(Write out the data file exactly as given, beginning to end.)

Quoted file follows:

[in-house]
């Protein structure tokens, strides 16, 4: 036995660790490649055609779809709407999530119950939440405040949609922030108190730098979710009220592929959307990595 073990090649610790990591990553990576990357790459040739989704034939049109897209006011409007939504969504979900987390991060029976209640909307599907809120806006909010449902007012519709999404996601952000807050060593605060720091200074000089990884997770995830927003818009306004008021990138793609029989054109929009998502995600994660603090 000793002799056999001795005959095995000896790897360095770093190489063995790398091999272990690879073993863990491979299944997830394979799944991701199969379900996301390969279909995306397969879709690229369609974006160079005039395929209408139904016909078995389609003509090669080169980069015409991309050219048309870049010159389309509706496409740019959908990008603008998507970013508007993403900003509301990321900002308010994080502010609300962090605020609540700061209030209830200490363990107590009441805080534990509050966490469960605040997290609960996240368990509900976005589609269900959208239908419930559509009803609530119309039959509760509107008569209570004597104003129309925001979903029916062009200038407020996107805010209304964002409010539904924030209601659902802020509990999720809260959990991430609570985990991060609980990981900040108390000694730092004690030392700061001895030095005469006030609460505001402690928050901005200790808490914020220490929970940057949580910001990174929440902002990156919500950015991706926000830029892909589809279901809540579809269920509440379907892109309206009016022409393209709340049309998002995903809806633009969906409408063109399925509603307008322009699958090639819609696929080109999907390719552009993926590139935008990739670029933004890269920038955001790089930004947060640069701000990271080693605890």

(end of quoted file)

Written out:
[in-house]
């Protein structure tokens, strides 16, 4: 036995660790490649055609779809709407999530119950939440405040949609922030108190730098979710009220592929959307990595 073990090649610790990591990553990576990357790459040739989704034939049109897209006011409007939504969504979900987390991060029976209640909307599907809120806006909010449902007012519709999404996601952000807050060593605060720091200074000089990884997770995830927003818009306004008021990138793609029989054109929009998502995600994660603090 000793002799056999001795005959095995000896790897360095770093190489063995790398091999272990690879073993863990491979299944997830394979799944991701199969379900996301390969279909995306397969879709690229369609974006160079005039395929209408139904016909078995389609003509090669080169980069015409991309050219048309870049010159389309509706496409740019959908990008603008998507970013508007993403900003509301990321900002308010994080502010609300962090605020609540700061209030209830200490363990107590009441805080534990509050966490469960605040997290609960996240368990509900976005589609269900959208239908419930559509009803609530119309039959509760509107008569209570004597104003129309925001979903029916062009200038407020996107805010209304964002409010539904924030209601659902802020509990999720809260959990991430609570985990991060609980990981900040108390000694730092004690030392700061001895030095005469006030609460505001402690928050901005200790808490914020220490929970940057949580910001990174929440902002990156919500950015991706926000830029892909589809279901809540579809269920509440379907892109309206009016022409393209709340049309998002995903809806633009969906409408063109399925509603307008322009699958090639819609696929080109999907390719552009993926590139935008990739670029933004890269920038955001790089930004947060640069701000990271080693605890």